Monday, February 20, 2012
Radio History at Point Reyes
A visit to Point Reyes National Seashore usually includes hiking, spectacular ocean views, wildlife viewing, and spring wildflowers. However, there is also a bit of radio history at Point Reyes.
If you are driving out to the lighthouse or Chimney Rock on a Saturday afternoon, you may see a sign by the side of the road announcing "Historic Radio Equipment." Take the turn and you will arrive at the historic receiving station opened by the Radio Corporation of America (RCA) in 1920. Initially, the array of radios captured messages transmitted from around the Pacific Rim and forwarded them to the RCA office in San Francisco.
After World War II, maritime station KPH, started operations in the building. KPH, which first transmitted from San Francisco's Palace Hotel in 1905, provided telegram services to ships at sea via Morse Code. Point Reyes was the receiving station for KPH, while the transmitting station was in Bolinas, about 20 miles south of the park. KPH ceased commercial operation in 1997.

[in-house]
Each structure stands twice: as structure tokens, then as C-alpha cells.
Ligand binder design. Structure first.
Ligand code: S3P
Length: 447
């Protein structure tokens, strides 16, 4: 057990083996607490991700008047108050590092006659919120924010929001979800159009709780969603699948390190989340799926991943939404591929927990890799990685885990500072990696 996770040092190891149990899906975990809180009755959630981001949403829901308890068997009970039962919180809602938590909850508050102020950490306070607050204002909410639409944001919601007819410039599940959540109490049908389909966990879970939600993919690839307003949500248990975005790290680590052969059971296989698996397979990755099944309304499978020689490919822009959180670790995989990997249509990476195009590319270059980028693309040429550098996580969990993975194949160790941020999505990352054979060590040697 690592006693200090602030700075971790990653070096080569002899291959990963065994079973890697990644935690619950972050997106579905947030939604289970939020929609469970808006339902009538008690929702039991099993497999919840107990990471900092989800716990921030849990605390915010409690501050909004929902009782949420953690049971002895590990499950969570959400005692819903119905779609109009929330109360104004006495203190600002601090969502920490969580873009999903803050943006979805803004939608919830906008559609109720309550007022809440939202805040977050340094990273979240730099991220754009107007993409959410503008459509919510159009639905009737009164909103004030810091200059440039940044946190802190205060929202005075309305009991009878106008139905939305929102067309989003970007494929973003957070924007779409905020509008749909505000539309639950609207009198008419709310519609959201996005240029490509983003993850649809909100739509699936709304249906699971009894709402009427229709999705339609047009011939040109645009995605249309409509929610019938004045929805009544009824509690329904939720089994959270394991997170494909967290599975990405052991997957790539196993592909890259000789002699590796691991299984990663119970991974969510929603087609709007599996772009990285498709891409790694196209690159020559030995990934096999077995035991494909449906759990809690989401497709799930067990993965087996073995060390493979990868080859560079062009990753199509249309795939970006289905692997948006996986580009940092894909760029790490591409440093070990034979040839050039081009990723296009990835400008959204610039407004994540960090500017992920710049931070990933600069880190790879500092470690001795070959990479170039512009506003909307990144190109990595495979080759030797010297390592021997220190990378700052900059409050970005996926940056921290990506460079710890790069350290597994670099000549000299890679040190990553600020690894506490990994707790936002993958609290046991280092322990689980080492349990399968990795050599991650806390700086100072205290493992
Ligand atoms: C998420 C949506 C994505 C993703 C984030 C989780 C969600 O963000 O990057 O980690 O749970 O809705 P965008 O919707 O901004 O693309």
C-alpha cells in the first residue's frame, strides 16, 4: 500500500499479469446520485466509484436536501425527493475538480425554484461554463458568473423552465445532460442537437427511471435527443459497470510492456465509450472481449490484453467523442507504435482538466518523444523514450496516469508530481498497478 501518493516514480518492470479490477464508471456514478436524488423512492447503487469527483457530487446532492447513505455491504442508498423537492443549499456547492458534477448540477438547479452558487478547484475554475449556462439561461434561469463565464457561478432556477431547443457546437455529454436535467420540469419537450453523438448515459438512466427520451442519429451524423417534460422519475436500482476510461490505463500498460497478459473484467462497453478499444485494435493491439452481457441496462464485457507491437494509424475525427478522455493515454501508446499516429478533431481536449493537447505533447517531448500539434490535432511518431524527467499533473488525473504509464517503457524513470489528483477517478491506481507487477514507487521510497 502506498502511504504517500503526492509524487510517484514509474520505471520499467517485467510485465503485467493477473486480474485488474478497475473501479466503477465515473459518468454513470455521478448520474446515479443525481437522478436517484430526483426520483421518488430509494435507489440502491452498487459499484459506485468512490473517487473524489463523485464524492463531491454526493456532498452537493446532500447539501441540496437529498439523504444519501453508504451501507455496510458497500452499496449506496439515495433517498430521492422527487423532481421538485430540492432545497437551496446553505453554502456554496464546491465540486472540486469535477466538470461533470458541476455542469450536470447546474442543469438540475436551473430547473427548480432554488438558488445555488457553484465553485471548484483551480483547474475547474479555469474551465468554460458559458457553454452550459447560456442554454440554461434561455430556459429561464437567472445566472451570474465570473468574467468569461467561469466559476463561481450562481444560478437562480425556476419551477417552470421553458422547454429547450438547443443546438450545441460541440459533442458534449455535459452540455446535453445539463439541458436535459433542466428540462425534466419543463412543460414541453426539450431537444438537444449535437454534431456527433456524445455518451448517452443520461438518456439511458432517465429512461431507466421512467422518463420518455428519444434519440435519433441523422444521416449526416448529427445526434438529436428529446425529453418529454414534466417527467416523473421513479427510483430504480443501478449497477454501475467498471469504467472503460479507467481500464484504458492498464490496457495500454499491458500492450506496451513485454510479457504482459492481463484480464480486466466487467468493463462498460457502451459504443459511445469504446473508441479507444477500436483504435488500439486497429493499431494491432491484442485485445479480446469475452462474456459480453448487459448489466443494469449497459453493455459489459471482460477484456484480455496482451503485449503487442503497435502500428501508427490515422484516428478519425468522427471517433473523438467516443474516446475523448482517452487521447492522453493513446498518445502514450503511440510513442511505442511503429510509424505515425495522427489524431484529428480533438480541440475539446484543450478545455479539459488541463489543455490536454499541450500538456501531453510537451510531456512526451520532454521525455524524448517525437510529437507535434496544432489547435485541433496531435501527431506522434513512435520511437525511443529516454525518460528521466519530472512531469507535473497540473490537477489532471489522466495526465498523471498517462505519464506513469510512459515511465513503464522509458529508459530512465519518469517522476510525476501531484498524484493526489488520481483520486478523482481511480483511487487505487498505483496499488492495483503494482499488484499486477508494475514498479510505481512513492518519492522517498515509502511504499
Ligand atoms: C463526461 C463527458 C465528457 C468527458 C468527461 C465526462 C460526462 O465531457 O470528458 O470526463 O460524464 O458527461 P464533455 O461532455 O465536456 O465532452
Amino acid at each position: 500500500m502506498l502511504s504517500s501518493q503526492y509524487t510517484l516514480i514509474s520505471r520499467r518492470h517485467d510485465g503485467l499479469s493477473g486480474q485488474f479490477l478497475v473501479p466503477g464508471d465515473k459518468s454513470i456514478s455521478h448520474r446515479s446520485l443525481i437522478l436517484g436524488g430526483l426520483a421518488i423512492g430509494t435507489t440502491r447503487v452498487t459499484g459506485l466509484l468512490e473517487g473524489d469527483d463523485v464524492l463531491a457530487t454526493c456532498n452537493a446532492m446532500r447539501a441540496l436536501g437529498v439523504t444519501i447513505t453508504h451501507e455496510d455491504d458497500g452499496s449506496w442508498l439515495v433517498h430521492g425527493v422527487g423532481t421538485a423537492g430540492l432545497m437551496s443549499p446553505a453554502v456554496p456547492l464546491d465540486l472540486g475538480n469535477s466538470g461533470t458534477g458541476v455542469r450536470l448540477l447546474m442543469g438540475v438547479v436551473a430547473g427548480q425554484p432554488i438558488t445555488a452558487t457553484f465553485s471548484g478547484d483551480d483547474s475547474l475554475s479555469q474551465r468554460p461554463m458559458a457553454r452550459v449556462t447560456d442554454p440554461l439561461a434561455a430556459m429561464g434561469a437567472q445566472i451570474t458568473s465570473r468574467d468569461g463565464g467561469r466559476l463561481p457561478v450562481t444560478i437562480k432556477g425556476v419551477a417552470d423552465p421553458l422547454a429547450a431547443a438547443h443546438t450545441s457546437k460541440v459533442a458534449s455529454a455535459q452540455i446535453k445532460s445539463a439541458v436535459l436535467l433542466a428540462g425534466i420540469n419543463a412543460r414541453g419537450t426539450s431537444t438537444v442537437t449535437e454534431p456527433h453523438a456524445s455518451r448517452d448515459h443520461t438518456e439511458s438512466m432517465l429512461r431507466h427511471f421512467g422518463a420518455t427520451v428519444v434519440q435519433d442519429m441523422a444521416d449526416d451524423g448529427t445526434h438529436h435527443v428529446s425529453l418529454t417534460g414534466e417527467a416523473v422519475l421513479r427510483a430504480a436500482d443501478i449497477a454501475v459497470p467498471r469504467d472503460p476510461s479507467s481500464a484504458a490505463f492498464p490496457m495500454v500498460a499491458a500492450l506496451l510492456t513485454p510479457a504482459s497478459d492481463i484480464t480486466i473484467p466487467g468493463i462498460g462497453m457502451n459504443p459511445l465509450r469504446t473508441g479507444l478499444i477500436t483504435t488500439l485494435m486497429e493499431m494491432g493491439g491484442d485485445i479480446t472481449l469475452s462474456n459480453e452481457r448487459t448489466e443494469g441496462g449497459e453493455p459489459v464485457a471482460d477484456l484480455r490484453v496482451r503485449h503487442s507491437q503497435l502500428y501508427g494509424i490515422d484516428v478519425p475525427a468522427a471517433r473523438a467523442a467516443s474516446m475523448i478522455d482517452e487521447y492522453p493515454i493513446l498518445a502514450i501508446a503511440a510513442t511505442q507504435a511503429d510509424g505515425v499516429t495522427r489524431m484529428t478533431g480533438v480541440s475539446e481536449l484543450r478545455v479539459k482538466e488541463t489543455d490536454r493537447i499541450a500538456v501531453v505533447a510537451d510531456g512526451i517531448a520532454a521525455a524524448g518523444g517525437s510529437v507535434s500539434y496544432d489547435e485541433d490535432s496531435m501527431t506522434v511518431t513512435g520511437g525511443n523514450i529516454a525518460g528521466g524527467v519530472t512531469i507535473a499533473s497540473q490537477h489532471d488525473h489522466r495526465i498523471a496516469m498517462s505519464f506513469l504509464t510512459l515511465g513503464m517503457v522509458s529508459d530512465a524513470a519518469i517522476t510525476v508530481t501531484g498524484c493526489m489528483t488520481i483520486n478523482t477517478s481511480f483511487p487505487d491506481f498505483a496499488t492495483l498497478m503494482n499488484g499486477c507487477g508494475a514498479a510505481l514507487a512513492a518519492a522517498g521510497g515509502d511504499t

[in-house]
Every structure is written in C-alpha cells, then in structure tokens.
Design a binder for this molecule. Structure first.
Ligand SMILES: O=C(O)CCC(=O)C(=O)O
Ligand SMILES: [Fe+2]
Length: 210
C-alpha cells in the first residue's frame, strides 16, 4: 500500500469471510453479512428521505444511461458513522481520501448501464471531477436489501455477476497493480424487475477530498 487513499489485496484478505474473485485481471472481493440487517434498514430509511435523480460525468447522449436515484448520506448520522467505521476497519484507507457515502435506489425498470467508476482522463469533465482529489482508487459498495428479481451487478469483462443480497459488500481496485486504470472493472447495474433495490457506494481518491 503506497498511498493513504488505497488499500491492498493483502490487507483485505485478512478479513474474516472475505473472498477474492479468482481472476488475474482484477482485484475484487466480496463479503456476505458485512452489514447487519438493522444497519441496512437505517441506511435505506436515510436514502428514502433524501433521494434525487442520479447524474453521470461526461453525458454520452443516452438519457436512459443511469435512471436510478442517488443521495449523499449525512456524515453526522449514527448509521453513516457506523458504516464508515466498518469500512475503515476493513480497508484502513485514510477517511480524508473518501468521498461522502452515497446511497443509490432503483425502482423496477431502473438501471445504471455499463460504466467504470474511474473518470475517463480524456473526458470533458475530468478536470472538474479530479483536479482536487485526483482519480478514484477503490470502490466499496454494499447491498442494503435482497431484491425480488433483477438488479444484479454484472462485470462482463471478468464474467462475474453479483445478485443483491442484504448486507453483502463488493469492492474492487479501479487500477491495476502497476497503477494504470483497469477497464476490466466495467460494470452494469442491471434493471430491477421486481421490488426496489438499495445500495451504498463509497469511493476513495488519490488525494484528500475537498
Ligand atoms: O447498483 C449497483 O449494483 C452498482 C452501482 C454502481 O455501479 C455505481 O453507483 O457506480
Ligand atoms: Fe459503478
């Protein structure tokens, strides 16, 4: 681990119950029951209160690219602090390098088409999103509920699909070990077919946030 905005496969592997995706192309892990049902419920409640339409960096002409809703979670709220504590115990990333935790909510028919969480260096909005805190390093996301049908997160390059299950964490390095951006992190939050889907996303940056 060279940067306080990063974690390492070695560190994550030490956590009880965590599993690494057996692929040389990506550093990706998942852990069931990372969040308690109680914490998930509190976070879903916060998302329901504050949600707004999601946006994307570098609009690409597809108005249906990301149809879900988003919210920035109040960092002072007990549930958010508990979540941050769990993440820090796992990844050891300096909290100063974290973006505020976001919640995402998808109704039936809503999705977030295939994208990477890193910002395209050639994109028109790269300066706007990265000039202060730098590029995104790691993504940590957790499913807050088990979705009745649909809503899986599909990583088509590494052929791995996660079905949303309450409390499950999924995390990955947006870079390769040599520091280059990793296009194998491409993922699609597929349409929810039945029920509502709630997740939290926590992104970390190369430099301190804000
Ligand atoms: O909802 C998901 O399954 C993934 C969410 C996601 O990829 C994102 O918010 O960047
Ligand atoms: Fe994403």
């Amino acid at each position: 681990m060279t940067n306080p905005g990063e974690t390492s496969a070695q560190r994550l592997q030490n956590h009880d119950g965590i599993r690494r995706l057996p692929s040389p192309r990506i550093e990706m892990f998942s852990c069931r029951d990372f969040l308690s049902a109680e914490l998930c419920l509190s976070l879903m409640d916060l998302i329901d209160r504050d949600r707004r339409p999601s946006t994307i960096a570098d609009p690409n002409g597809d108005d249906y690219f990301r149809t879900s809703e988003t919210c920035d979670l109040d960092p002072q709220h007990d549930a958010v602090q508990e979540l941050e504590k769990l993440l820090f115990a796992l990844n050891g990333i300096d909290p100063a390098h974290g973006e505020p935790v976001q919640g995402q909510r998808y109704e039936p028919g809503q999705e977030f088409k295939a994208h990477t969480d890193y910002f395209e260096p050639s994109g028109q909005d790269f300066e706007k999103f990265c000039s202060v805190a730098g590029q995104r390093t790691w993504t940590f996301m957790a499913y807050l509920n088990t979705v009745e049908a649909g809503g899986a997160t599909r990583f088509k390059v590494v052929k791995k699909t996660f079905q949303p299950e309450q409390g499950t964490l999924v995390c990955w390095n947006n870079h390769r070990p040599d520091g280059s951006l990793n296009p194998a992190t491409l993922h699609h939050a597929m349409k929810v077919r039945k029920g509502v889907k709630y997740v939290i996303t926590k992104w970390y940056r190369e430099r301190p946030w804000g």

Now members of the Maritime Radio Historical Society have brought the station back to life. Volunteer radio operators have restored much of the old equipment and transmit and receive messages via Morse Code from nostalgic radio operators aboard ships and on land. The receiving station at Point Reyes usually welcomes visitors on Saturdays from noon until 4:00 p.m. However, don't make a special trip to visit the station without first contacting the Society to make sure the station will be open. You can reach the Society at firstname.lastname@example.org. More information is available on the Maritime Radio Historical Society's website, www.radiomarine.org.